The values of the model parameters which cause the value of the objective function to be reach a minimum are generally the values for the model parameters PA, PR and PG which most closely approximate, within the limits of the resolution of the geometry of the model, the values and the spatial distribution of the physical properties of the earth formations penetrated by the wellbore 4.
A flow chart which outlines the process of the invention is shown in FIG. 2. The initial earth model is generated at 20. The initial earth model is used to generate synthetic acoustic and resistivity logs at 22. Differences between the measured and synthetic logs are calculated at 24. The differences are summed at 26 and a value of the objective function is calculated. The path taken at decision box 28 depends on whether the value of the objective function is less than the threshold value. If value of the objective function is less than the threshold value, then the initial earth model is determined to be the model most representative of the earth formations and the process can be stopped, as shown at 32, or a new interval of interest can be selected and processed. If the objective function exceeds the threshold, shown leading to decision box 30, the path taken then depends on whether the value of the objective function is at a minimum. If the value of the objective function is at a minimum, then the parameters selected for the earth model can be output since they are most representative of the earth formations, as shown at 34. If the objective function is not at a minimum, then the model parameters can be adjusted as shown at 32, the log data resynthesized, and the a value of the objective function can be calculated. This process can be repeated until either the objective function reaches a minimum or falls below the threshold, in which case the model parameters are those most representative of the earth formations, as shown at 34.
In the invention, the step of adjusting the model parameters, shown at 32, can be performed by an iterative process. Adjustment values for the acoustic travel time, the resistivity and the location of the axial layer boundaries and the radial demarcations, respectively, δPA, δPR and δPG, can be calculated according to the expression: ##EQU2## where ΔT (equal to Ts -Tm) represents the difference between the synthetic and measured acoustic log values, and ΔR (equal to Rs -Rm) represents the difference between the synthesized and measured resistivity values. The notation J+ represents a generalized inverse of a sensitivity (or Jacobian) matrix. For a combination of resistivity and acoustic well log data, the Jacobian matrix can be shown by the following expression: ##EQU3## The expression in equation (3) contains six submatrices. The ∂Ts submatrices represent sensitivity matrices for the synthesized acoustic log data with respect to the acoustic velocity and the geometric parameters. Similarly, the ∂Rs submatrices represent the sensitivity of the synthesized resistivity with respect to resistivity and the geometry parameters. The ∂C submatrices represent the correlation, or coupling, relationship between the acoustic and the resistivity model parameters. If such a relationship exists for particular earth formations, then the values of the respective sensitivity matrices for the coupling relationships can be entered into the expression in equation (3). If no such relationship between the acoustic and resistivity parameters exists, then the values of the two correlation submatrices can be set to zero.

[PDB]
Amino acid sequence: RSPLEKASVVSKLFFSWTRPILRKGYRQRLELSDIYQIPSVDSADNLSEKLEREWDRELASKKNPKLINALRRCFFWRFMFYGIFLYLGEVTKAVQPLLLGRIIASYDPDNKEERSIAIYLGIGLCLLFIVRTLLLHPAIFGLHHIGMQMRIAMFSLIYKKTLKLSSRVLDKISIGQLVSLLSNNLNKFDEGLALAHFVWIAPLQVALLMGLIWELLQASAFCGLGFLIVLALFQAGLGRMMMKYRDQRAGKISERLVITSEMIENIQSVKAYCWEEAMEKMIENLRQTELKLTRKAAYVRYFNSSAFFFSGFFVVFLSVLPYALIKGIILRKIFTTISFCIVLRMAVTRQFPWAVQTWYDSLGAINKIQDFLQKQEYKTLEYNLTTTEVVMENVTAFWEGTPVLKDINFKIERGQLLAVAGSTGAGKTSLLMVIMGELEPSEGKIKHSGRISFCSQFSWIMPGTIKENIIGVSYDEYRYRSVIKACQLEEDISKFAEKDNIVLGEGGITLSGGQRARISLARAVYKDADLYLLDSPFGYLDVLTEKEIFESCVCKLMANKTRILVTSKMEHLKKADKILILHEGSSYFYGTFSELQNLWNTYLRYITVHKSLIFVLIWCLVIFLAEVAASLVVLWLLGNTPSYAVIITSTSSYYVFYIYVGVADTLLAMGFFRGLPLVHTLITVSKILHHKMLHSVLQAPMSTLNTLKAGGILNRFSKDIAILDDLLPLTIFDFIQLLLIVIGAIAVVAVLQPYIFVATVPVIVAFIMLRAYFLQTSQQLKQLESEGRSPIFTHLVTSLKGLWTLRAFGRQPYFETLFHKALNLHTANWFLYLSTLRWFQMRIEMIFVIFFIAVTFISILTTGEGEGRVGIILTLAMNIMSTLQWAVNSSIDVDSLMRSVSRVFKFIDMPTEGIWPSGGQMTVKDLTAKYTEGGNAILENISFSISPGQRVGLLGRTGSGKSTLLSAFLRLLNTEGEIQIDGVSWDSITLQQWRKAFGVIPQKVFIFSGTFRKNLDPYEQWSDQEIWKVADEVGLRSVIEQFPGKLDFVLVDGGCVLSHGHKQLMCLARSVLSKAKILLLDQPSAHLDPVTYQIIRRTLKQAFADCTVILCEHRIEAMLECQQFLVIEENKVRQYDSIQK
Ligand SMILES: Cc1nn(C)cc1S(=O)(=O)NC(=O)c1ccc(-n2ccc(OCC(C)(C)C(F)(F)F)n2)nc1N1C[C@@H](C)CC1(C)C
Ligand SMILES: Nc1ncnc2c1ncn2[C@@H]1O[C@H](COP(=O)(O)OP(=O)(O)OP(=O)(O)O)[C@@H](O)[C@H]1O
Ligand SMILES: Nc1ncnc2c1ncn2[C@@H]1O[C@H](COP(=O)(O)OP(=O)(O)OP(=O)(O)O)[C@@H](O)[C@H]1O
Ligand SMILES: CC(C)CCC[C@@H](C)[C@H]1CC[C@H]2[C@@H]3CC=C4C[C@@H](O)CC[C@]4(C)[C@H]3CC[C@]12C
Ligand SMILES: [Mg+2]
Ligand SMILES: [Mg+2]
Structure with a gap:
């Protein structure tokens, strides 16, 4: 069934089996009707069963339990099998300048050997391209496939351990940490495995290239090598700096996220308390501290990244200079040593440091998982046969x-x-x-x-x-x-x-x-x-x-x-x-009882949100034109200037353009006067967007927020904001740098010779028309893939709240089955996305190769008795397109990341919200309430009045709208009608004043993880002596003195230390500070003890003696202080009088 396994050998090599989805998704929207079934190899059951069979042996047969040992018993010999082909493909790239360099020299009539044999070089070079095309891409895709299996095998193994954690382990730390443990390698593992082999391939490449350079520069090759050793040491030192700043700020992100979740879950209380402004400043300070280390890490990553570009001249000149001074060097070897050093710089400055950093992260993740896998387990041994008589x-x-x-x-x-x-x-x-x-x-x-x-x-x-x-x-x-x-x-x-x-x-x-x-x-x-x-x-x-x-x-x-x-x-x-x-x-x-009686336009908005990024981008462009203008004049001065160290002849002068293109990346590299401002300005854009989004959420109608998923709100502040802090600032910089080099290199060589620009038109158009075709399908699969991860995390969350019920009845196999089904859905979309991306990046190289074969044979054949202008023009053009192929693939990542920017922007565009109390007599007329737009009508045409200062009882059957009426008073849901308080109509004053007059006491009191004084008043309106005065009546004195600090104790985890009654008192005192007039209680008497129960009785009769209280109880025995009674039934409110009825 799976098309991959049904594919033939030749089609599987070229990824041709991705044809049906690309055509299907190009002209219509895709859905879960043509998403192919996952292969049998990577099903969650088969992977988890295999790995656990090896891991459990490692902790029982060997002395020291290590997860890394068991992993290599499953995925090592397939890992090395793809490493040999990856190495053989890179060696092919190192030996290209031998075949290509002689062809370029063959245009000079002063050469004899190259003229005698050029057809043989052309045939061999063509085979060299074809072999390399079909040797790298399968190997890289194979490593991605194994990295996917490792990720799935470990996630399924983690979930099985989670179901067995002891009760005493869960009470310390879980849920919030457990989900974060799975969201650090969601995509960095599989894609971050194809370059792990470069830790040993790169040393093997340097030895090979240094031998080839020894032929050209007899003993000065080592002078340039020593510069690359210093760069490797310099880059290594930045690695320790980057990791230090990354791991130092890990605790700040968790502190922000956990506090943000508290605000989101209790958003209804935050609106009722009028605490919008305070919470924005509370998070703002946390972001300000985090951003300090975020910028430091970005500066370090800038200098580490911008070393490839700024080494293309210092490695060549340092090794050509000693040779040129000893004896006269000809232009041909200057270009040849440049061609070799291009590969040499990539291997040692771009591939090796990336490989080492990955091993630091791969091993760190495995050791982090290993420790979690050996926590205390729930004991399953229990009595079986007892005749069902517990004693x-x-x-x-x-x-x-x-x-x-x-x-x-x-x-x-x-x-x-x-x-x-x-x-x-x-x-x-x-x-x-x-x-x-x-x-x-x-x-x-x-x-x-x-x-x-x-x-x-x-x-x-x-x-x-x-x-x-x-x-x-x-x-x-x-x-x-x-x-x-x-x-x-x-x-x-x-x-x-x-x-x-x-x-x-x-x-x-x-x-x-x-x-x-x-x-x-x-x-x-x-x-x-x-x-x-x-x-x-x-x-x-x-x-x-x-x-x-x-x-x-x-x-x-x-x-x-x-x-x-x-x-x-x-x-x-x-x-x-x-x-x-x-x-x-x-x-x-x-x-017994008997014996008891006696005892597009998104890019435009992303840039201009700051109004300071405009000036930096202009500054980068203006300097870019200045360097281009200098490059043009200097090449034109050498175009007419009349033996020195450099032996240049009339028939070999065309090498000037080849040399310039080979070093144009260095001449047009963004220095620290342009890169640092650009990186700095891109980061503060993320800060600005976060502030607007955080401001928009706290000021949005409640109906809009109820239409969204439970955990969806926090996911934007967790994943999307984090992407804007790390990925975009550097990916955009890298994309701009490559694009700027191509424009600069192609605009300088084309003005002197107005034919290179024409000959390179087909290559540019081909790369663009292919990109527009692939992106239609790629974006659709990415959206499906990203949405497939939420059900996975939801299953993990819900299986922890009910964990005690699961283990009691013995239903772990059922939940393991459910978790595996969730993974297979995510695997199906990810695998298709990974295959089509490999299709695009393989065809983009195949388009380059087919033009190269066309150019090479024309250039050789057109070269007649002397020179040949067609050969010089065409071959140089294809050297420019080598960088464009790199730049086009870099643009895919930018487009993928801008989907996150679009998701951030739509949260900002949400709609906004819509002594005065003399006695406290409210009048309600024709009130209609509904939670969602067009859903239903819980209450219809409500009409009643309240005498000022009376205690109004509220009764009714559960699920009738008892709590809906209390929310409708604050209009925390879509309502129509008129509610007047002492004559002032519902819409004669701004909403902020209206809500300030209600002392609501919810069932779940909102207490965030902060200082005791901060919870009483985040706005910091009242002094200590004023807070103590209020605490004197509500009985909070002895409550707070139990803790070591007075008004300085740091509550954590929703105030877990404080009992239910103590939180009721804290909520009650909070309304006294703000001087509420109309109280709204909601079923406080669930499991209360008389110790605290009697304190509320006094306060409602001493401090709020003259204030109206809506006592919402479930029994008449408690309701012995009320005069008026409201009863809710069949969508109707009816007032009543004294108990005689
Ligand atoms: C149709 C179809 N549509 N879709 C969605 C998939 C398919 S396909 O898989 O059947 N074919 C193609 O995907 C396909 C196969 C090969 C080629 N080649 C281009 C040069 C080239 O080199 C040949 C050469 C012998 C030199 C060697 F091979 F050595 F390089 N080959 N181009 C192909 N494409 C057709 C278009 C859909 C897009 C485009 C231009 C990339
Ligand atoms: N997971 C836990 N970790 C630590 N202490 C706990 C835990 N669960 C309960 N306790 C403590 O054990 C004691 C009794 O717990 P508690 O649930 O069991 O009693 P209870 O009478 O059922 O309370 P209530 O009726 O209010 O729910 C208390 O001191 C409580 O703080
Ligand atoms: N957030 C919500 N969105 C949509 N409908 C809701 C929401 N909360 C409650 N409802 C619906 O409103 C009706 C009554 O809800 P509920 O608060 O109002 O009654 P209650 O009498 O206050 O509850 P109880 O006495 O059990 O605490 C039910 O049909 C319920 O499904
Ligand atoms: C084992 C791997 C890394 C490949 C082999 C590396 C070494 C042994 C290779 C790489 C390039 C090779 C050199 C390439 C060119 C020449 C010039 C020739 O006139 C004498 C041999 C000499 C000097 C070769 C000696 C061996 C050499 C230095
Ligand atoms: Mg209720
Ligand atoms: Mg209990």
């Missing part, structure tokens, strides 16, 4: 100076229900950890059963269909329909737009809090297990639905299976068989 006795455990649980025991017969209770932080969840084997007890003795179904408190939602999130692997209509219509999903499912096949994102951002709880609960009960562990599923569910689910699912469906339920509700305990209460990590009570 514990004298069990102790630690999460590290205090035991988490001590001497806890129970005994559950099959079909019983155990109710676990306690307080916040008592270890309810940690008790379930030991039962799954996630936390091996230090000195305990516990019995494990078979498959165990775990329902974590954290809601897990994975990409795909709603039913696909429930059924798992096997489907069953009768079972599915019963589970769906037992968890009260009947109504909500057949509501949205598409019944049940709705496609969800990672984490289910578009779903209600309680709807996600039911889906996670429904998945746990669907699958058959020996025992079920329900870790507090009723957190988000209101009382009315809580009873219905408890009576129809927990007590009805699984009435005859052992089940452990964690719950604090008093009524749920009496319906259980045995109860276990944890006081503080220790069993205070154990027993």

The coupling relationship can be derived from a number of different sources, for example, cross-plots of resistivity with respect to acoustic travel time which can be made from the measured well log data or from other well logs run in similar earth formations in the same geographic location as the well logs being processed according to the invention. The inversion process can be made to converge much more rapidly using the coupling relationship than without it. Consequently the combined inversion processing routine of the invention can provide improved speed of performance over methods of the prior art.
Another benefit of using the coupling relationship is that the acoustic travel time in the uninvaded zone may be determined with greater accuracy. Many acoustic well logging instruments determine acoustic log data from measurements of acoustic energy propagated substantially along the wall of the wellbore. In such cases the acoustic velocity in the uninvaded zone can be determined by extrapolating the acoustic travel time determined in the invaded zone. The extrapolation is based on the coupling relationship with respect to the resistivity and on the resistivity of the uninvaded zone as determined by inversion processing.
Those skilled in the art will readily devise other embodiments of the invention which do not depart from the spirit of the invention as disclosed herein. Accordingly, the invention should be limited in scope only by the attached claims.
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|International Classification||G01V11/00, G06F17/10, G01V1/48|
|Cooperative Classification||G06F17/10, G01V11/00, G01V1/48|
|European Classification||G01V1/48, G06F17/10, G01V11/00|
|Feb 5, 1997||AS||Assignment|
Owner name: WESTERN ATLAS INTERNATIONAL, INC., TEXAS
Free format text: ASSIGNMENT OF ASSIGNORS INTEREST;ASSIGNORS:FRENKEL, MICHAEL;MEZZATESTA, ALBERTO G.;STRACK, KURT -M.;AND OTHERS;REEL/FRAME:008449/0565;SIGNING DATES FROM 19970117 TO 19970122